Surgeons’ contralateral breast cancer knowledge gaps identified
medwireNews: A survey of US surgeons reveals the gaps in the respondents’ knowledge of contralateral breast cancer (CBC) risk.
The 592 survey respondents scored well on questions pertaining to the survival benefit of contralateral prophylactic mastectomy (CPM) and the overall 5- and 10-year risk of CBC, with a respective 91.2%, 87.3% and 90.0% giving the correct answer.
But the surgeons did not score as well when asked about the CBC risk for specific subgroups of patients. For instance, only 39.9% responded correctly to the question about the 10-year risk of CBC in a newly diagnosed, 40-year-old BRCA carrier as being 20–30% or 30–40%. And just 70.6% knew the correct answer for the 5-year risk in patients with invasive lobular carcinoma and no additional risks was <2–5%.
Overall 39.2% of respondents had a “low level” of knowledge, defined as giving no more than three correct answers to the five questions comprising the survey.
The study authors could not ascertain how the surgeons’ knowledge affected the treatment options they offered to patients, but they wonder whether the rise in CPM rate over the past decade is ultimately attributable to the surgeons themselves not being well informed.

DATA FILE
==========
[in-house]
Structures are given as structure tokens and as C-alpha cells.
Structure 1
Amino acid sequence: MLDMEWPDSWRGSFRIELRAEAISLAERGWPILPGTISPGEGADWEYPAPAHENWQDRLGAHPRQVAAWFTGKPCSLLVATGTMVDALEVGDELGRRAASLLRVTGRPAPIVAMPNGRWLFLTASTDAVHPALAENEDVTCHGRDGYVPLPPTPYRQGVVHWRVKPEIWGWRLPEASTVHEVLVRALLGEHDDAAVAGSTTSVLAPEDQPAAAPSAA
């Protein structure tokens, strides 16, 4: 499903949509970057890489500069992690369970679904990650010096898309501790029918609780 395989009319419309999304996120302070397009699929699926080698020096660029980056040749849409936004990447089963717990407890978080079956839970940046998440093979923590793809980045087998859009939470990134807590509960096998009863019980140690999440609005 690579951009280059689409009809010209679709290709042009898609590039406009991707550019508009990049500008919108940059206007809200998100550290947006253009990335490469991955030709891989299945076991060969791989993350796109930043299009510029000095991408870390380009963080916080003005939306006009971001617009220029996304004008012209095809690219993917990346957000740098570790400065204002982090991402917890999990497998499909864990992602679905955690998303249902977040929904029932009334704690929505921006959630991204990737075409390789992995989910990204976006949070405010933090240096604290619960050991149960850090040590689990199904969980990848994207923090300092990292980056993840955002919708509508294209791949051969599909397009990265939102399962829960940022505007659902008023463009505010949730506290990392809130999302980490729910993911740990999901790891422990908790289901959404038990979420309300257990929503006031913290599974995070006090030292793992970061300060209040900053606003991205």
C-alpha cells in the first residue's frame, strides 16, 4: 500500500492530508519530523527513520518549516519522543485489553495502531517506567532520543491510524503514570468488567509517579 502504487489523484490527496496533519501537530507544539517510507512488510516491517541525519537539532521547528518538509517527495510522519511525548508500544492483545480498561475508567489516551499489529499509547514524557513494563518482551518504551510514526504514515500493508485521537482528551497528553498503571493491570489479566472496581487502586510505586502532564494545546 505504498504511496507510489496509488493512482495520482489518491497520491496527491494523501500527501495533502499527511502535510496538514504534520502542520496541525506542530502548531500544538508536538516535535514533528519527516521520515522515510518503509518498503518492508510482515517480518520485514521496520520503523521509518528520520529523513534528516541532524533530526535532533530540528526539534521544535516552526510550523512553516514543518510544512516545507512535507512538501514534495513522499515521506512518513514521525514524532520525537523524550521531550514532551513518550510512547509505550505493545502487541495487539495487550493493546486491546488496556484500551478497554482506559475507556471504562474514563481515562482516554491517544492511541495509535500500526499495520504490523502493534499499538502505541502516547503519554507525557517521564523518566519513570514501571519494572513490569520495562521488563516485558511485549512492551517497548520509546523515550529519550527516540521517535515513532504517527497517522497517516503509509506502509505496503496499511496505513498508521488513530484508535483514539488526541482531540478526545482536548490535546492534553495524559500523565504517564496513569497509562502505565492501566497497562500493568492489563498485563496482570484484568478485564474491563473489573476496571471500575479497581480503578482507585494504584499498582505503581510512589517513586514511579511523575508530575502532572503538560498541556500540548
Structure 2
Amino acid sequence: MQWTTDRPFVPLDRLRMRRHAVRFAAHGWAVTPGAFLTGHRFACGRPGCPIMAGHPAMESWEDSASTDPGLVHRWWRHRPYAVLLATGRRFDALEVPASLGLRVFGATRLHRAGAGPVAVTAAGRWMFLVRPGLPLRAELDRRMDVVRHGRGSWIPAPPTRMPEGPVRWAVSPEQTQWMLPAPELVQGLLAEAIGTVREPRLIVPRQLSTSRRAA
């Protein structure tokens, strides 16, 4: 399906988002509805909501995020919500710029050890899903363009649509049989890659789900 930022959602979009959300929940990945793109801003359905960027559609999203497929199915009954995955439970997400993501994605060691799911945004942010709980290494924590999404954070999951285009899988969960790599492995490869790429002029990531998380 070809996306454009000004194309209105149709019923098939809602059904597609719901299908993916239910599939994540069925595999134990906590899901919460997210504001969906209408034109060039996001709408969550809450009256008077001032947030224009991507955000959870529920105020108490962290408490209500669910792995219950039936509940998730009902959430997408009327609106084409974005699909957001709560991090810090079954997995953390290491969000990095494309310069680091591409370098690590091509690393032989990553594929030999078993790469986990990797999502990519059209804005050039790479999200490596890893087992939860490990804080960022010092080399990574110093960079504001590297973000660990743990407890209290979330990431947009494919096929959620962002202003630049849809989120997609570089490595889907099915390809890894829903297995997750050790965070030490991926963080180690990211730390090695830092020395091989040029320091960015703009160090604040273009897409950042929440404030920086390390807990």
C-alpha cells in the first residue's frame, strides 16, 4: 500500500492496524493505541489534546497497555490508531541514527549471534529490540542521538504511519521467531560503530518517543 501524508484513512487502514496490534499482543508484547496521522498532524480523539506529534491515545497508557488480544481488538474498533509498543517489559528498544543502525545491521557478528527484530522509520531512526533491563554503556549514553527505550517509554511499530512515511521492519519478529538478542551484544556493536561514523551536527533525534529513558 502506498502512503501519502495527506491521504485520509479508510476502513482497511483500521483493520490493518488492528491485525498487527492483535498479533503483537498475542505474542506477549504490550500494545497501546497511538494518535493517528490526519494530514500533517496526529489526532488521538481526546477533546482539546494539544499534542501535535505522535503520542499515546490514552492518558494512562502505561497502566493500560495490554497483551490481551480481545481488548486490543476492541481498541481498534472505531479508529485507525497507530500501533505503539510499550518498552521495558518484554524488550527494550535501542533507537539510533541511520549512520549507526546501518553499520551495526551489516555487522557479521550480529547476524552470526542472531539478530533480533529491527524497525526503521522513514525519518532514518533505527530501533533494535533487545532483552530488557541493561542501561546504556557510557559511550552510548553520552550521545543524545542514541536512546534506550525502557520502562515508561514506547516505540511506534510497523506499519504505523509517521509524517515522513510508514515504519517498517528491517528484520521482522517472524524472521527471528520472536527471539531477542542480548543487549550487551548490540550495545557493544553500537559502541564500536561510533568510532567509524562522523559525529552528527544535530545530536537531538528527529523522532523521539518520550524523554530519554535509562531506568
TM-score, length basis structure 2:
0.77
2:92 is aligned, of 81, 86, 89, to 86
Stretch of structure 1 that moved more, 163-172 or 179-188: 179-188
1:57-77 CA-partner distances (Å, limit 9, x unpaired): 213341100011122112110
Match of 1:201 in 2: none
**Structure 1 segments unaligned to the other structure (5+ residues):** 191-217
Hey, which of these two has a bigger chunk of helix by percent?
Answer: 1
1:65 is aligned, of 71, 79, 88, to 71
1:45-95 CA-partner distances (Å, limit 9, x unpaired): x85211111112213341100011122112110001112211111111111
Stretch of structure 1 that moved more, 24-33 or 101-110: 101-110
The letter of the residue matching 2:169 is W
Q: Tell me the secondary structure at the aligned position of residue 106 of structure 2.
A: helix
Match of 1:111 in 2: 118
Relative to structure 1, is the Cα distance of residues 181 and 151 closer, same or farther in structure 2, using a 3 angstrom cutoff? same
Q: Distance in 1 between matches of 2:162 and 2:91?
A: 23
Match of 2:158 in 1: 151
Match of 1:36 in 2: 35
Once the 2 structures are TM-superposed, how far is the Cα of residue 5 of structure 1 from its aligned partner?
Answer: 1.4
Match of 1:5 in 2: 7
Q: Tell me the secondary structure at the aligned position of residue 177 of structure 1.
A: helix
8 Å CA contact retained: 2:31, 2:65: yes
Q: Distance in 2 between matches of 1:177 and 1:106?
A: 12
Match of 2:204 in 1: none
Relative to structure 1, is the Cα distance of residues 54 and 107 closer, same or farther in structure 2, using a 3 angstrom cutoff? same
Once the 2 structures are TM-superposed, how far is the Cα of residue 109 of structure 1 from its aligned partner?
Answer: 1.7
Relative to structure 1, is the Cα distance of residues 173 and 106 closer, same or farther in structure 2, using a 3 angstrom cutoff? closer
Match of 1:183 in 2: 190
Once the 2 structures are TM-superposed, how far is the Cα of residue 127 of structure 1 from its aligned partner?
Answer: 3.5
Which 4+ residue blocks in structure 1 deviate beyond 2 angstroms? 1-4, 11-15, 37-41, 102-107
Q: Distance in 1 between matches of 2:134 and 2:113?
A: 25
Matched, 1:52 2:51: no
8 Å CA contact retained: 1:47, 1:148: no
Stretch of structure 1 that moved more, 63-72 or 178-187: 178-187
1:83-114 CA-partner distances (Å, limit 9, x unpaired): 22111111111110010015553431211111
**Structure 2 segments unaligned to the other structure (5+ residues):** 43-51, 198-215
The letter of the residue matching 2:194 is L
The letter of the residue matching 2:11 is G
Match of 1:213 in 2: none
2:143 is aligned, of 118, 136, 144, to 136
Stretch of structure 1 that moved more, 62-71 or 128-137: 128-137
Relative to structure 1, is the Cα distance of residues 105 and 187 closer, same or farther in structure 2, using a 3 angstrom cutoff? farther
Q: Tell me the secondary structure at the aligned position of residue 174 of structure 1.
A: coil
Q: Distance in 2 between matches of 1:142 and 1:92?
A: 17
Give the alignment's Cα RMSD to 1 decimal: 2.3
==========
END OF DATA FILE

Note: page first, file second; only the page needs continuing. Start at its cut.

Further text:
“Decision aids or teaching materials that address CPM and its utility for a patient with newly diagnosed breast cancer are needed”, say Katharine Yao (NorthShore University HealthSystem, Evanston, Illinois, USA) and co-workers in JAMA Surgery.
They admit, however, that their study has limitations, such as the low response rate – only 24.3% of the 2436 active members of the American Society of Breast Surgeons responded to the survey invitation.
And they note that the survey “did not address other aspects of CPM such as operative complications, reconstruction risks, or CBC risk for patients with other risk factors. Therefore, our findings may not reflect overall knowledge about CPM.”
medwireNews is an independent medical news service provided by Springer Healthcare Limited. © Springer Healthcare Ltd; 2015